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Realistic Fiction: Bone Gap

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Holly Smith A few months ago, Roza disappeared without a trace. Everyone in the town of Bone Gap seems content to just believe she got up and walked away just as mysteriously and suddenly as she had come; that is, everyone except for Finn O’Sullivan. He knows what happened to her: she was kidnapped, and he even saw who it was who whisked her away against her will. The problem is that no one believes Finn, especially his older brother Sean, who is becoming more and more apathetic and distant from Finn as the days go by. While Finn struggles to make others understand what he saw, he connects with fierce, perceptive, and misunderstood Petey who finds herself questioning his motives for liking her. Finn eventually decides to take matters into his own hands and searches for Roza on his own, and all the while, Roza is trying her best to outsmart her kidnapper, but finds that something is far from normal about her situation.

When reading the summary of this book, I immediately imagined it to be a cross between The Lovely Bones and A Slice of Cherry, and after finished the book I can wholeheartedly say that this is a spot on description. It has the mystery and intrigue of The Lovely Bones and the magic of A Slice of Cherry, and wraps these elements up into a neat little YA package that is great for anyone who loves romance, mystery, or mythology. Overall, I really loved this novel, but I question its classification as “realistic fiction” (or maybe my definition just isn’t as nuanced) as it isn’t very realistic. Though one of the twists was predictable, most were not, which changed the direction of the book in a very enjoyable way. That being said, I do feel that the mythology-related twists should be more thoroughly explained as I still believe there to be confusion about its role and place with the place and novel of Bone Gap. As for pairing it with another book, I would put it with The Lovely Bones which focuses on the aftermath for a family after one of their daughters is kidnaped and murdered. That text is more adult and deals with more detailed and complicated topics and reactions to the events that go past just the immediate problem of soling a murder.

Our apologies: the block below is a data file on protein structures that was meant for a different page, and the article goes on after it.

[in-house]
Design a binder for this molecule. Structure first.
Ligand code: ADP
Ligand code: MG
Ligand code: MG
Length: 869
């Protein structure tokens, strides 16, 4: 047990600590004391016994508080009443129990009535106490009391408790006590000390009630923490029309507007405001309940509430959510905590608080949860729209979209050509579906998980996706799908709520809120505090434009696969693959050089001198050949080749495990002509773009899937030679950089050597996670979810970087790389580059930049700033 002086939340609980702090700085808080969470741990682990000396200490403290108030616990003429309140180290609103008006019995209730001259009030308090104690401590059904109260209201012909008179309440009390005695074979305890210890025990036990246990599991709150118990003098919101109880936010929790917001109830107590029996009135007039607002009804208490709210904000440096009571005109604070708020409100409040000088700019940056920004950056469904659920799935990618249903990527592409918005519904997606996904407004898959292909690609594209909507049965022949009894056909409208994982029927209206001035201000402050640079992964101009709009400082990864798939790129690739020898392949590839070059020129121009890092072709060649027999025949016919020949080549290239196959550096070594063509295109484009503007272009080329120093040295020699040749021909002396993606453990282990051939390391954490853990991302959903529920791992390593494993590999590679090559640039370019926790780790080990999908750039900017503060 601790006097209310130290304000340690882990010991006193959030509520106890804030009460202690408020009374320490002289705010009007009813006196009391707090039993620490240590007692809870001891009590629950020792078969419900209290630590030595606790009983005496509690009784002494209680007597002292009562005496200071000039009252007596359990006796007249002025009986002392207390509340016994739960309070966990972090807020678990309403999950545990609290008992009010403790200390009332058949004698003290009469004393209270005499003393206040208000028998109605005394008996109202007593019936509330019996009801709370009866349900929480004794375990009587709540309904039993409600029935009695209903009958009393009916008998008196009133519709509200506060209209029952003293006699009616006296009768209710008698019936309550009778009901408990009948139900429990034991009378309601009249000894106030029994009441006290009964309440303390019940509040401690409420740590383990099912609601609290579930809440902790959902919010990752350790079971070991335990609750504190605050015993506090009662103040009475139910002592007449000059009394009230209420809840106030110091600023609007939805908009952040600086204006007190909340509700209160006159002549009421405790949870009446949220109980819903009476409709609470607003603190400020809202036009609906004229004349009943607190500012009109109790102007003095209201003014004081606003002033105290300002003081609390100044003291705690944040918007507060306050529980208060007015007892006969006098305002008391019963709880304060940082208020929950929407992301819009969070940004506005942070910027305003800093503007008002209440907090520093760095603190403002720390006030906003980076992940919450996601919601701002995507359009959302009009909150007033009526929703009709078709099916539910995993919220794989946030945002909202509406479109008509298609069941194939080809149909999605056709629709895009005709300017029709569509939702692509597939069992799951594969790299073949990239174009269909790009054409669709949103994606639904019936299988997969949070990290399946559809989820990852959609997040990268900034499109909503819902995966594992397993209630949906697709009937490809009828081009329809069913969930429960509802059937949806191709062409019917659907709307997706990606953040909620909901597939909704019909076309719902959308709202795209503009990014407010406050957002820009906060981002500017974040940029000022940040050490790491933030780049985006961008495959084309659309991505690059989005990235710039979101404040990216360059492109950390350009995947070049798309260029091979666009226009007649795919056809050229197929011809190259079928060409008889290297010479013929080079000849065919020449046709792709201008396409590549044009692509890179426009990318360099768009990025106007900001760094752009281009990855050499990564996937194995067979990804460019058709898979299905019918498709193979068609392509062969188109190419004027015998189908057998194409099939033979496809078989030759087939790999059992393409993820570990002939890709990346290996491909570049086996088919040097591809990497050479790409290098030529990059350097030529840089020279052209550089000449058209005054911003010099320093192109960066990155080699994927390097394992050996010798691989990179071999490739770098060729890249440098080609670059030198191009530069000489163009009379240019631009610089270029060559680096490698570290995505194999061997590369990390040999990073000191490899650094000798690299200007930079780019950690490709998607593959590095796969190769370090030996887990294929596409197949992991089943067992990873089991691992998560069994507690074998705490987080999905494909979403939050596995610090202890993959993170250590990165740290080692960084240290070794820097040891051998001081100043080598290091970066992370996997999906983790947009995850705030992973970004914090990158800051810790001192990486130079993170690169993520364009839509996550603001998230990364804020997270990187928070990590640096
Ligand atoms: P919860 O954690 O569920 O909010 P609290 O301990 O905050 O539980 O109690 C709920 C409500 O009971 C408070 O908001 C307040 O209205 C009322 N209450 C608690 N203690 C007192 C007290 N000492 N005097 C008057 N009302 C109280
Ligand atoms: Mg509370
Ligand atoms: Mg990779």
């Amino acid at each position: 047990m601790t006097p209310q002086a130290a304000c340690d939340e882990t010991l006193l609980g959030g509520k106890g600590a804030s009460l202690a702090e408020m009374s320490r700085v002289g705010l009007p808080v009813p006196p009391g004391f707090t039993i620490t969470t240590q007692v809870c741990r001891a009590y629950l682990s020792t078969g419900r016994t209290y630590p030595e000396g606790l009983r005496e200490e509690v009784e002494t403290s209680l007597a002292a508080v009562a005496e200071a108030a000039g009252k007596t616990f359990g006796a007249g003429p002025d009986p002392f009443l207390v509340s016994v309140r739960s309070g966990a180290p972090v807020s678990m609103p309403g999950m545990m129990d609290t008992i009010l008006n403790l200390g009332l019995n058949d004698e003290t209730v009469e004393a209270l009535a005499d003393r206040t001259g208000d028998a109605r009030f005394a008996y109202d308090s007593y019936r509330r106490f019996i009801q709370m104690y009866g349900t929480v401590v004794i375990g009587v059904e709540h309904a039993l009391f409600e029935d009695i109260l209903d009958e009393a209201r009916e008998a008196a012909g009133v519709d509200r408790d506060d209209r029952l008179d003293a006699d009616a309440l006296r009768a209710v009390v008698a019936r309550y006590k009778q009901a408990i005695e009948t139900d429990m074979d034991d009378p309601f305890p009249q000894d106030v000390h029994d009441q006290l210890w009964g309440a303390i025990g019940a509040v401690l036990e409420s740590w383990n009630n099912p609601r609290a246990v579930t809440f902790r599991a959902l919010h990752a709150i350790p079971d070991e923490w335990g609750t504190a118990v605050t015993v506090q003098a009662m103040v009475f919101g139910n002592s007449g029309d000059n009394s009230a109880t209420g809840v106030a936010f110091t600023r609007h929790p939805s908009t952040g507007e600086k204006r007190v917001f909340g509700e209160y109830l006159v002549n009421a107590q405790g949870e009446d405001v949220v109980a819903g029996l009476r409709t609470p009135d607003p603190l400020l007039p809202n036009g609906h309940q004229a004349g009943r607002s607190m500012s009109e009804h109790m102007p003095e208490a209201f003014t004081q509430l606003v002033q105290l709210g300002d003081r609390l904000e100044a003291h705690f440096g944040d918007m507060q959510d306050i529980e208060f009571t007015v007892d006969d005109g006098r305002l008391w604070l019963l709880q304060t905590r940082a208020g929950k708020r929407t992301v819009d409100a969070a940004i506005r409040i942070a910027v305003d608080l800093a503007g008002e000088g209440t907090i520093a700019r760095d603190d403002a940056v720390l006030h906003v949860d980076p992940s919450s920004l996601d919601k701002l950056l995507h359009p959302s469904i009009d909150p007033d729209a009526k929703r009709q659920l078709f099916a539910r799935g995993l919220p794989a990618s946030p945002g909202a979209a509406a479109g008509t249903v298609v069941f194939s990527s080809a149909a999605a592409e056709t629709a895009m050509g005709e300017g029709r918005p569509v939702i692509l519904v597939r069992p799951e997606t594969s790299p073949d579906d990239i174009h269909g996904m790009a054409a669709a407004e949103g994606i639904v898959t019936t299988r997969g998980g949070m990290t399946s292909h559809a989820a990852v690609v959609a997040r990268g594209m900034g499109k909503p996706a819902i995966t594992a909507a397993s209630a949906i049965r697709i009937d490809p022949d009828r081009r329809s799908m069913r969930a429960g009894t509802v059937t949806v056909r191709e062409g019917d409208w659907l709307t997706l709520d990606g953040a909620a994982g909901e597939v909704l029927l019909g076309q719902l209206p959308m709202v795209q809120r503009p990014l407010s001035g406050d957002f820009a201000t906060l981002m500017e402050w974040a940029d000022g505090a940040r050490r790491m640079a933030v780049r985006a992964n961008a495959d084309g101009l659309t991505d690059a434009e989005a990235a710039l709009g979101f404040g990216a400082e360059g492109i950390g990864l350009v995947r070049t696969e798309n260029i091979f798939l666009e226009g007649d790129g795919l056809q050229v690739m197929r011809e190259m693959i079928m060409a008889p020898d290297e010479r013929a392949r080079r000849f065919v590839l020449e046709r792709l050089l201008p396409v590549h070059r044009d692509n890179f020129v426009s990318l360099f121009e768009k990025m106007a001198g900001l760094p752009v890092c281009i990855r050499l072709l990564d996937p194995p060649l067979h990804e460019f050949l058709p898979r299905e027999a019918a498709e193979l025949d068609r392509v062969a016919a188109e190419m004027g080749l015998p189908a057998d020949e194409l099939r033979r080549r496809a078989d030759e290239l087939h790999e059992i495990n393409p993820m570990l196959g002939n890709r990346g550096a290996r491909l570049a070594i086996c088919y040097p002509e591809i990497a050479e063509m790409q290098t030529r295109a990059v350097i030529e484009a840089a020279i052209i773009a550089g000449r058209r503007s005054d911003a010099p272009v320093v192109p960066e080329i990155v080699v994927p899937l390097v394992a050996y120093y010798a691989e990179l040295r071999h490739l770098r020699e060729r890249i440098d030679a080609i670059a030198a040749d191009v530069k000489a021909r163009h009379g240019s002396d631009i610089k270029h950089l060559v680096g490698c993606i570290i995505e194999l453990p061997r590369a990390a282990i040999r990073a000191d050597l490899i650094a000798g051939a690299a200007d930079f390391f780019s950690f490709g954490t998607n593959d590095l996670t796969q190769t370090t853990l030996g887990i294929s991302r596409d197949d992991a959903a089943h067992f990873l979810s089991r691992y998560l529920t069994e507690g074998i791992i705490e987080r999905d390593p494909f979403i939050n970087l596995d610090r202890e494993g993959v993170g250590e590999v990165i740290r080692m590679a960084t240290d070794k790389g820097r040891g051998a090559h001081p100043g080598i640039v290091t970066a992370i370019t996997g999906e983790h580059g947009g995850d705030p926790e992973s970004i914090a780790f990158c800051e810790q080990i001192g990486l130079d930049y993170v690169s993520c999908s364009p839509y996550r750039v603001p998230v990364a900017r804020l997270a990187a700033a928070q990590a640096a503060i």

Heidi Yeah, this one is hard to pin down genre-wise. I really loved the twists of this novel, but I liked the really lovely prose even more. This one is a Printz Honor Award, and I think it's easy to see why it got an award in a very competitive field!

message 3: by L.A. (new) - added it

L.A. Randomfox I loved this book. I'd categorise it as magic realism personally, because it definitely isn't fantasy and yet it has so many fantasy elements. It's also literary in terms of the prose which is some of the best I've read in a YA novel. It is, unmistakably, still a YA novel because of the coming-of-age twist, but it's a very original one that I think people should be paying more attention to. I'd love to see a film adaptation!

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